A 65-Year-Old Man With Diplopia and a Drooping Eyelid

Sumaira Nabi, MBBS; Sadaf Khattak, MBBS; Mazhar Badshah, MBBS, MD, FCPS

Disclosures

August 21, 2019

Discussion

The patient was given a trial of oral prednisolone and experienced significant pain relief within 48 hours. At discharge, after 10 days in the hospital, he had significant improvement in eye movement. He was discharged on a 6-week, tapering dose of oral steroids; the dosage was to be modified on follow-up visit based on his response.

Tolosa-Hunt syndrome (THS) is a rare disorder characterized by painful recurrent and relapsing ophthalmoplegia caused by nonspecific inflammation of the cavernous sinus and/or superior orbital fissure.[1] It manifests as recurrent episodes of retro-orbital, periorbital, or hemicranial pain, with ocular motor nerve palsies (ie, the third, fourth and sixth cranial nerves). Sensory loss in the distribution of the ophthalmic and occasionally the maxillary division of the trigeminal nerve may also be observed, occurring in various combinations and with oculosympathetic involvement.

In 1954, Tolosa reported THS for the first time, in a patient with painful, left-sided ophthalmoplegia, with involvement of left CN V1.[2] Cerebral angiography revealed segmental narrowing of the carotid siphon. Postmortem surgical exploration disclosed granulomatous inflammation of the left cavernous sinus and carotid artery. In 1961, Hunt et al described similar findings in 6 patients; they also reported the therapeutic efficacy of systemic corticosteroids, with prompt, dramatic improvement of signs and symptoms occurring in two of the patients.[3] In 1966, Smith and Taxdal termed this clinical condition Tolosa-Hunt syndrome.[4]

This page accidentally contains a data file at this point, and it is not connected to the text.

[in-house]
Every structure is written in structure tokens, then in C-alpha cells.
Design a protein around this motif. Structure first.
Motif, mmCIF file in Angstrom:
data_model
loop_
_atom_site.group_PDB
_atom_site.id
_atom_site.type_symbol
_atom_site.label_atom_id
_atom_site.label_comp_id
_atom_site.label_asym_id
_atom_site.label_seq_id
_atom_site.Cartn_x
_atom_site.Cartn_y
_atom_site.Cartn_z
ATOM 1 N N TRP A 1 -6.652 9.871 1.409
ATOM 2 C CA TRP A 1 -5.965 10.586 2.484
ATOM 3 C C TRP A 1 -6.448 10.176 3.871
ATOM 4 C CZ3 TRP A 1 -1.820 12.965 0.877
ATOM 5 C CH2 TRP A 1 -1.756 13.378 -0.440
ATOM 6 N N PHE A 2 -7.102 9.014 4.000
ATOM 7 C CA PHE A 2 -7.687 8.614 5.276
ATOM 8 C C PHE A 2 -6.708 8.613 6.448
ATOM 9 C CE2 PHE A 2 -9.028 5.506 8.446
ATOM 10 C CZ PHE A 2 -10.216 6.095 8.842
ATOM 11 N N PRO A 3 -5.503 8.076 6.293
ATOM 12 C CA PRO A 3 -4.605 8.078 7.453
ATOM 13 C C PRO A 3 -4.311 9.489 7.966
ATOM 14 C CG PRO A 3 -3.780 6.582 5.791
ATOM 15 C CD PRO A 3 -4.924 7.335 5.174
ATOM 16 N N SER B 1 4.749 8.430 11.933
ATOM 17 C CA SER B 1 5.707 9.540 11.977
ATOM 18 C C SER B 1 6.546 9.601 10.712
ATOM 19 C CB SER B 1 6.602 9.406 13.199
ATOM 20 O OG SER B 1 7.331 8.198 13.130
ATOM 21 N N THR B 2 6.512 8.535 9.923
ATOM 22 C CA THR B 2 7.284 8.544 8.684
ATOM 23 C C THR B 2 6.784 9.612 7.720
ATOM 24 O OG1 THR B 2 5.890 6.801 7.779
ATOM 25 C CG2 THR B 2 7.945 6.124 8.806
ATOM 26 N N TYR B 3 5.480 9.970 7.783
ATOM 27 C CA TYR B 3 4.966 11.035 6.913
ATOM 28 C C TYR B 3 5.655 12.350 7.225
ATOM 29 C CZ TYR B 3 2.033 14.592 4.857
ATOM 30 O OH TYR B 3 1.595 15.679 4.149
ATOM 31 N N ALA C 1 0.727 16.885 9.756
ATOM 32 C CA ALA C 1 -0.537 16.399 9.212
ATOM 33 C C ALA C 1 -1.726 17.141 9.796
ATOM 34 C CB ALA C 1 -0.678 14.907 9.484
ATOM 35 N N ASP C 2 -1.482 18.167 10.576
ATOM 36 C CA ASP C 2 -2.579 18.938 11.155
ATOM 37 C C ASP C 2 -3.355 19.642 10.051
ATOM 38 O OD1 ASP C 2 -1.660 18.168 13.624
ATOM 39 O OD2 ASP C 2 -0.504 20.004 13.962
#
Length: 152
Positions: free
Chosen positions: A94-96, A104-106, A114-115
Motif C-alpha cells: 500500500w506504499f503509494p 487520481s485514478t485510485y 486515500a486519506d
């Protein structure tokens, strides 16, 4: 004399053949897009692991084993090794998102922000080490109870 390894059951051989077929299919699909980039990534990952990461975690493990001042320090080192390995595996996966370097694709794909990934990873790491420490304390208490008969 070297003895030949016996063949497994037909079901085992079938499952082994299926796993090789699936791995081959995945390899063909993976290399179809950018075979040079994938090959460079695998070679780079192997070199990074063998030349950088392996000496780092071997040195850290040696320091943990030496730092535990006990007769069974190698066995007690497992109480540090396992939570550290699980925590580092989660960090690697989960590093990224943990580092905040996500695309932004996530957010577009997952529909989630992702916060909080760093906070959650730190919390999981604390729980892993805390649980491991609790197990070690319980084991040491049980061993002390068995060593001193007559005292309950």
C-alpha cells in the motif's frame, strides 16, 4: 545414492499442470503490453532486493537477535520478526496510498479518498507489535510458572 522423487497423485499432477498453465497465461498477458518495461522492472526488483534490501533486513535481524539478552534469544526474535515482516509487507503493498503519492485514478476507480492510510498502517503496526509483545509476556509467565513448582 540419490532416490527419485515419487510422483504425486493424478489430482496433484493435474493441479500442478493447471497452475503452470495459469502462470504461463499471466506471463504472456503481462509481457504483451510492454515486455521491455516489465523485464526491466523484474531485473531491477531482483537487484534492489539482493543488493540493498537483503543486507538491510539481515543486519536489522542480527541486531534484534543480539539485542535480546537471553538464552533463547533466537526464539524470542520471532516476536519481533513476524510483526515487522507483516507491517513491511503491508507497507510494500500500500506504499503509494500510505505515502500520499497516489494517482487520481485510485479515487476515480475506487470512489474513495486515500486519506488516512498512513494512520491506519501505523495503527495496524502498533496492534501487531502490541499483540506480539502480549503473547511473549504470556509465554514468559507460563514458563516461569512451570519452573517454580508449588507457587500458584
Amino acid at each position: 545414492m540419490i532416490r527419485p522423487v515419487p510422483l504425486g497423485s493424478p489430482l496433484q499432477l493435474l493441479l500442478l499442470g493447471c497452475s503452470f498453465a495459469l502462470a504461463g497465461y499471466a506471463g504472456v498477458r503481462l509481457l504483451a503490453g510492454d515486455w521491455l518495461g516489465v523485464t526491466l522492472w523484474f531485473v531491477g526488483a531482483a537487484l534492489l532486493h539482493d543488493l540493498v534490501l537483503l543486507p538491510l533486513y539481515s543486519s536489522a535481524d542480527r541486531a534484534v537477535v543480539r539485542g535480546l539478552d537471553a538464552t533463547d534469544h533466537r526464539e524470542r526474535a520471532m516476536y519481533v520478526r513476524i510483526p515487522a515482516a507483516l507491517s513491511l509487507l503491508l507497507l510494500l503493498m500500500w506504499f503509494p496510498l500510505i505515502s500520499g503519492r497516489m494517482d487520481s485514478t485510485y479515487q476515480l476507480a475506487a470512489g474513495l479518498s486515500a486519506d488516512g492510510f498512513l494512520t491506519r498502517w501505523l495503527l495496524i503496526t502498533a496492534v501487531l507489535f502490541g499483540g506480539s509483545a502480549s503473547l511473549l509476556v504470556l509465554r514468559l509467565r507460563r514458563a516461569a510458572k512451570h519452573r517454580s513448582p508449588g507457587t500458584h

An uncommon disorder, THS affects males and females equally and can occur at virtually any age, although it is rarely seen during the first two decades of life.[1] Almost all patients report pain, which is a characteristic feature of the disease, although the nature of it is described differently by different patients. Usually, however, the pain is described as severe, sharp, stabbing, boring, lancinating, or intense. It may be periorbital in location, but some patients may report pain in different locations involving the retro-orbital, frontal, and temporal regions. In some cases, a severe hemicranial pain may be described. If left untreated, this pain persists, on average, for eight weeks. Either side may be affected; bilateral and/or simultaneous involvement may be present. The etiology of THS remains unknown.

Simultaneous onset of pain and ocular motor cranial nerve involvement may be noted, or a lag period as long as 2 weeks may occur between the two clinical features.[5] The oculomotor, trochlear, and abducens nerves may be involved alone or in various combinations. The pupil may have a normal size and reaction, as in our patient, or pupillary dilatation may occur secondary to parasympathetic third nerve involvement or constriction due to sympathetic involvement or Horner syndrome. Occasional optic nerve (CN II) involvement has been reported with THS if the pathologic process affects the orbital apex.[6,7,8] Variable degrees of visual loss may occur if optic nerve dysfunction is present. In rare cases, cranial nerves not located within the cavernous sinus/superior orbital fissure, including the mandibular division of the trigeminal nerve and the facial nerve, may be affected.[6,9,10] Other than nausea and vomiting, systemic or other neurologic involvement is not generally reported.

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